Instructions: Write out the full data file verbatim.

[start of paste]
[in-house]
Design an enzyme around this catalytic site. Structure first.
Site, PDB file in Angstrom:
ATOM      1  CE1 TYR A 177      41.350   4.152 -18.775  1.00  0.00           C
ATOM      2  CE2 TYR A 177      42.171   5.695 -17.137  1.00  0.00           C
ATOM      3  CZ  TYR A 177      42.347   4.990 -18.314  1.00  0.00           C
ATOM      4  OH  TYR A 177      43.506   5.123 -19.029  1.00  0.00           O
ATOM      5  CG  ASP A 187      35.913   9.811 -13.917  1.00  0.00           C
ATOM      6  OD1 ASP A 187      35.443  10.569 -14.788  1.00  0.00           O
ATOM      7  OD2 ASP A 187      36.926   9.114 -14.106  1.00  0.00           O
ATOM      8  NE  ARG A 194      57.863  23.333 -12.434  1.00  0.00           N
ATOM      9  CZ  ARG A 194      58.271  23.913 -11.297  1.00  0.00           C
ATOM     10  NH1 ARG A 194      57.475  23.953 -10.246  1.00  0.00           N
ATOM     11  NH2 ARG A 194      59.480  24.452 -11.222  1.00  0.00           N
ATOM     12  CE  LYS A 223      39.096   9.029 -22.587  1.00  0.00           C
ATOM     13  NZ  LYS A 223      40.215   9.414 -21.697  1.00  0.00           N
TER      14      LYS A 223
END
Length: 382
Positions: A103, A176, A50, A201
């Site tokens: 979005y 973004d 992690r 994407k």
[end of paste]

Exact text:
[in-house]
Design an enzyme around this catalytic site. Structure first.
Site, PDB file in Angstrom:
ATOM      1  CE1 TYR A 177      41.350   4.152 -18.775  1.00  0.00           C
ATOM      2  CE2 TYR A 177      42.171   5.695 -17.137  1.00  0.00           C
ATOM      3  CZ  TYR A 177      42.347   4.990 -18.314  1.00  0.00           C
ATOM      4  OH  TYR A 177      43.506   5.123 -19.029  1.00  0.00           O
ATOM      5  CG  ASP A 187      35.913   9.811 -13.917  1.00  0.00           C
ATOM      6  OD1 ASP A 187      35.443  10.569 -14.788  1.00  0.00           O
ATOM      7  OD2 ASP A 187      36.926   9.114 -14.106  1.00  0.00           O
ATOM      8  NE  ARG A 194      57.863  23.333 -12.434  1.00  0.00           N
ATOM      9  CZ  ARG A 194      58.271  23.913 -11.297  1.00  0.00           C
ATOM     10  NH1 ARG A 194      57.475  23.953 -10.246  1.00  0.00           N
ATOM     11  NH2 ARG A 194      59.480  24.452 -11.222  1.00  0.00           N
ATOM     12  CE  LYS A 223      39.096   9.029 -22.587  1.00  0.00           C
ATOM     13  NZ  LYS A 223      40.215   9.414 -21.697  1.00  0.00           N
TER      14      LYS A 223
END
Length: 382
Positions: A103, A176, A50, A201
């Site tokens: 979005y 973004d 992690r 994407k």